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What is PRP

Knee Osteoarthritis (OA)

More than 80% of Patients Experience Pain Relief Following PRP for Knee OA

Knee osteoarthritis (OA) is a common degenerative joint condition that affects millions of people worldwide. It is characterized by the gradual breakdown of cartilage, leading to pain, stiffness, and limited mobility. While there is no cure for knee OA, several treatment options aim to alleviate symptoms and improve quality of life. One emerging treatment that has gained attention in recent years is platelet-rich plasma (PRP) therapy. Studies have shown promising results in utilizing PRP for knee OA.

Knee OA is a complex condition influenced by various factors such as age, genetics, obesity, and previous injuries. It primarily affects the articular cartilage, which cushions the bones in the knee joint. As cartilage wears away, the bones can rub against each other, causing pain, inflammation, and reduced joint function.

PRP therapy involves using a patient's own blood, which is processed to concentrate platelets containing growth factors and other beneficial substances. These platelets are then injected into the affected knee joint. The growth factors in PRP can stimulate tissue repair and reduce inflammation.

Several studies have investigated the efficacy of PRP therapy for knee OA, yielding positive results. Studies have demonstrated that PRP injections significantly improved pain, function, and quality of life in patients with knee OA. One study reported that 84.2% of patients had pain relief 3 months after the procedure. Another study demonstrated a decrease in pain level following PRP for knee OA according to the Western Ontario McMaster Universities Osteoarthritis Index (WOMAC) from 67.9 to 27.1 (3 month follow-up) and 31.4 (6 month follow-up). Besides, studies have shown that PRP therapy has higher efficacy than hyaluronic acid injections in reducing pain and improving knee function.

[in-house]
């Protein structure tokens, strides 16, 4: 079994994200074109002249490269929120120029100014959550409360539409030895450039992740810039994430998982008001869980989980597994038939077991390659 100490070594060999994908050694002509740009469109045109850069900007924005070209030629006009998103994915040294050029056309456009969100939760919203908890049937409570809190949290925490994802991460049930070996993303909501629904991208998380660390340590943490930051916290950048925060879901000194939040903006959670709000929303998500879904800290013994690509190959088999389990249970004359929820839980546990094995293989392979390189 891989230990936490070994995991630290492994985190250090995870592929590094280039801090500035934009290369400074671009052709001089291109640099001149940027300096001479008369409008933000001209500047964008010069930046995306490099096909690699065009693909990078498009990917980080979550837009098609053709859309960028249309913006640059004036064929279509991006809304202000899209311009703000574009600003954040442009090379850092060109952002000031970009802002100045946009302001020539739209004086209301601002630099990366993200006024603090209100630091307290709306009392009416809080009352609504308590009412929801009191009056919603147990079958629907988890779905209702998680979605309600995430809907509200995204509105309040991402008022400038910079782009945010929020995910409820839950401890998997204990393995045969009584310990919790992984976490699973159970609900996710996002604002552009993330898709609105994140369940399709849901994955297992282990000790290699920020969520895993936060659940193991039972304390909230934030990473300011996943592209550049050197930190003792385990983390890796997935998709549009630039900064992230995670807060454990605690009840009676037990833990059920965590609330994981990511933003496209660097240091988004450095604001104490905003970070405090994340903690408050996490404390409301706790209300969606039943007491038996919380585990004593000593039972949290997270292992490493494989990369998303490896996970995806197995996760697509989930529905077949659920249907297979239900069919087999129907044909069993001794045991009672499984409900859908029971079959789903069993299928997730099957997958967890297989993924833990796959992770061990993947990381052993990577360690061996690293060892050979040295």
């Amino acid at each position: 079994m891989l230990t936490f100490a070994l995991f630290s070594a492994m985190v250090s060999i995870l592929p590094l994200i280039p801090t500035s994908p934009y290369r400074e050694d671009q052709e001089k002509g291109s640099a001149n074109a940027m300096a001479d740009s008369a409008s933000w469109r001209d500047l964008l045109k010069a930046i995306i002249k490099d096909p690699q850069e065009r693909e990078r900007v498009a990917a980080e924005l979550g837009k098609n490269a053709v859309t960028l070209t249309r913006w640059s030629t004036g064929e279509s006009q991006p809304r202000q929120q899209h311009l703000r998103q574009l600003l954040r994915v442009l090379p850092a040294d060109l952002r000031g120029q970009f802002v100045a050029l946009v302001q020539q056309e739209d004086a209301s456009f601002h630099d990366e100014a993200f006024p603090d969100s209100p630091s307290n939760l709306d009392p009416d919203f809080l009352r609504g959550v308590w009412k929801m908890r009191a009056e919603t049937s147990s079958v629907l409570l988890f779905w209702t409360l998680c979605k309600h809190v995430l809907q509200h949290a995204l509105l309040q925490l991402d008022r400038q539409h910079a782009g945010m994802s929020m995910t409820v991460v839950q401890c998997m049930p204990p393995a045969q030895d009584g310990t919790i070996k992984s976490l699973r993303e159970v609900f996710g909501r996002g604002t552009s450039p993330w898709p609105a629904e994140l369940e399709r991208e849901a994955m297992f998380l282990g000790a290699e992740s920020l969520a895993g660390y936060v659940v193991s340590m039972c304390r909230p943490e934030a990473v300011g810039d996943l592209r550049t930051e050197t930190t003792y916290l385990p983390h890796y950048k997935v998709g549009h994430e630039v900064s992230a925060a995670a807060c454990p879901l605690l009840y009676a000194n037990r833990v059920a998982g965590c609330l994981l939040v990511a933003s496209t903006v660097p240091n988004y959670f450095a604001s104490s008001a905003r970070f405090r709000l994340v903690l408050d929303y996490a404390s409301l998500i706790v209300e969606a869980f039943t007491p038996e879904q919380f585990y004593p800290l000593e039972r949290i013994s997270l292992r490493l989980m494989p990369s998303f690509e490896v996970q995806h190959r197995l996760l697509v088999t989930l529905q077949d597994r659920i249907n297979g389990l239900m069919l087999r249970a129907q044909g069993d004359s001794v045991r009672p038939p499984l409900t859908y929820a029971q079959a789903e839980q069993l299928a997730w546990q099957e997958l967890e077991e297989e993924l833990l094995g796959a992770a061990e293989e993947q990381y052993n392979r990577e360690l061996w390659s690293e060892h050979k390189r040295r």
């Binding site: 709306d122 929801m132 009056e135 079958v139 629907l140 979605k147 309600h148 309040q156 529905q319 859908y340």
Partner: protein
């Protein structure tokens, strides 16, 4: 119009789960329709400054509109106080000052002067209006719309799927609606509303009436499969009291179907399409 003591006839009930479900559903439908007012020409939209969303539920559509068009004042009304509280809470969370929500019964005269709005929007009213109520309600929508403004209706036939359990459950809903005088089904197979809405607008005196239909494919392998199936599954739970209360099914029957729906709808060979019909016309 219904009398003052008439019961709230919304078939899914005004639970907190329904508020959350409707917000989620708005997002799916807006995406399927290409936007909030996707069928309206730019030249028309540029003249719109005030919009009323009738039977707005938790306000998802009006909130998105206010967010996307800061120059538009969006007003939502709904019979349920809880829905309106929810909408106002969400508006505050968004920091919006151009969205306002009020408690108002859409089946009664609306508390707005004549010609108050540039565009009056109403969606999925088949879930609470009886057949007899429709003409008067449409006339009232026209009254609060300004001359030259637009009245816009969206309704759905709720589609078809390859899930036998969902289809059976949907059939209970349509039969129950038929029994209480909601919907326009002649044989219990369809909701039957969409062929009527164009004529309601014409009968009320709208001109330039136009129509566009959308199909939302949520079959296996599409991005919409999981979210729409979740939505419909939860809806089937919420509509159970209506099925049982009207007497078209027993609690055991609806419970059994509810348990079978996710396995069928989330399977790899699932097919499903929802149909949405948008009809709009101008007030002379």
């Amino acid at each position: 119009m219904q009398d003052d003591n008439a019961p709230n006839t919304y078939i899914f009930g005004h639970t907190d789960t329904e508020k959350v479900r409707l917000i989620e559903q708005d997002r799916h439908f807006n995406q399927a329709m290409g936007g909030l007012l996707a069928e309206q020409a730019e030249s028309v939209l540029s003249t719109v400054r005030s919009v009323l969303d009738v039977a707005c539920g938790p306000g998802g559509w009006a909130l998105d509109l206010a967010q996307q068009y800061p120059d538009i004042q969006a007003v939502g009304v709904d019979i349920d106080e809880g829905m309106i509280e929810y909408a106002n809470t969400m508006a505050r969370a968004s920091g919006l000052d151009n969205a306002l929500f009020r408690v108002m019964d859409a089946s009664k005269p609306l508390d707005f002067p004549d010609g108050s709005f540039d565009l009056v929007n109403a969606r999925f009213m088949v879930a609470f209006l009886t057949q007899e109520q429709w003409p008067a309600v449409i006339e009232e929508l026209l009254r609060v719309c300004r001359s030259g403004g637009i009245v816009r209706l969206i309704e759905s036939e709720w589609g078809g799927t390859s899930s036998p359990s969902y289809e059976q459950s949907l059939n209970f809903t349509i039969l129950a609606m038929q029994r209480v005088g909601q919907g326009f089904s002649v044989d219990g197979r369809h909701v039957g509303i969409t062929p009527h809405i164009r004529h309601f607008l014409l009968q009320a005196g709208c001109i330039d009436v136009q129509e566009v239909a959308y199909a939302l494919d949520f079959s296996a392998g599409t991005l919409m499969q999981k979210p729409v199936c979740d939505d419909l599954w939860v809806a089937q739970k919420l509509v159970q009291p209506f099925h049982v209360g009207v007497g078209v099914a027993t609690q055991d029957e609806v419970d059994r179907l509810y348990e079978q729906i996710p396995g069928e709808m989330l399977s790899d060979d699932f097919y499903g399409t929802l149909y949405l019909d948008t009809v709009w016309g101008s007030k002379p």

Knee osteoarthritis can significantly impact an individual's quality of life, limiting mobility and causing chronic pain. While there are other available treatments, PRP therapy has shown promising results in relieving symptoms and potentially slowing down the progression of knee OA. By harnessing the body's natural healing response, PRP injections provide a non-surgical alternative that can help patients regain function and alleviate pain.


Belk JW, Kraeutler MJ, Houck DA, Goodrich JA, Dragoo JL, McCarty EC. Platelet-Rich Plasma Versus Hyaluronic Acid for Knee Osteoarthritis: A Systematic Review and Meta-analysis of Randomized Controlled Trials. Am J Sports Med. 2021 Jan;49(1):249-260. doi: 10.1177/0363546520909397. Epub 2020 Apr 17. PMID: 32302218.

Shen L, Yuan T, Chen S, Xie X, Zhang C. The temporal effect of platelet-rich plasma on pain and physical function in the treatment of knee osteoarthritis: systematic review and meta-analysis of randomized controlled trials. J Orthop Surg Res. 2017 Jan 23;12(1):16. doi: 10.1186/s13018-017-0521-3. PMID: 28115016; PMCID: PMC5260061.

Laudy AB, Bakker EW, Rekers M, Moen MH. Efficacy of platelet-rich plasma injections in osteoarthritis of the knee: a systematic review and meta-analysis. Br J Sports Med. 2015 May;49(10):657-72. doi: 10.1136/bjsports-2014-094036. Epub 2014 Nov 21. PMID: 25416198.

Guillibert C, Charpin C, Raffray M, Benmenni A, Dehaut FX, El Ghobeira G, Giorgi R, Magalon J, Arniaud D. Single Injection of High Volume of Autologous Pure PRP Provides a Significant Improvement in Knee Osteoarthritis: A Prospective Routine Care Study. Int J Mol Sci. 2019 Mar 15;20(6):1327. doi: 10.3390/ijms20061327. PMID: 30884774; PMCID: PMC6472196.

Rahimzadeh P, Imani F, Faiz SHR, Entezary SR, Zamanabadi MN, Alebouyeh MR. The effects of injecting intra-articular platelet-rich plasma or prolotherapy on pain score and function in knee osteoarthritis. Clin Interv Aging. 2018 Jan 4;13:73-79. doi: 10.2147/CIA.S147757. PMID: 29379278; PMCID: PMC5757490.

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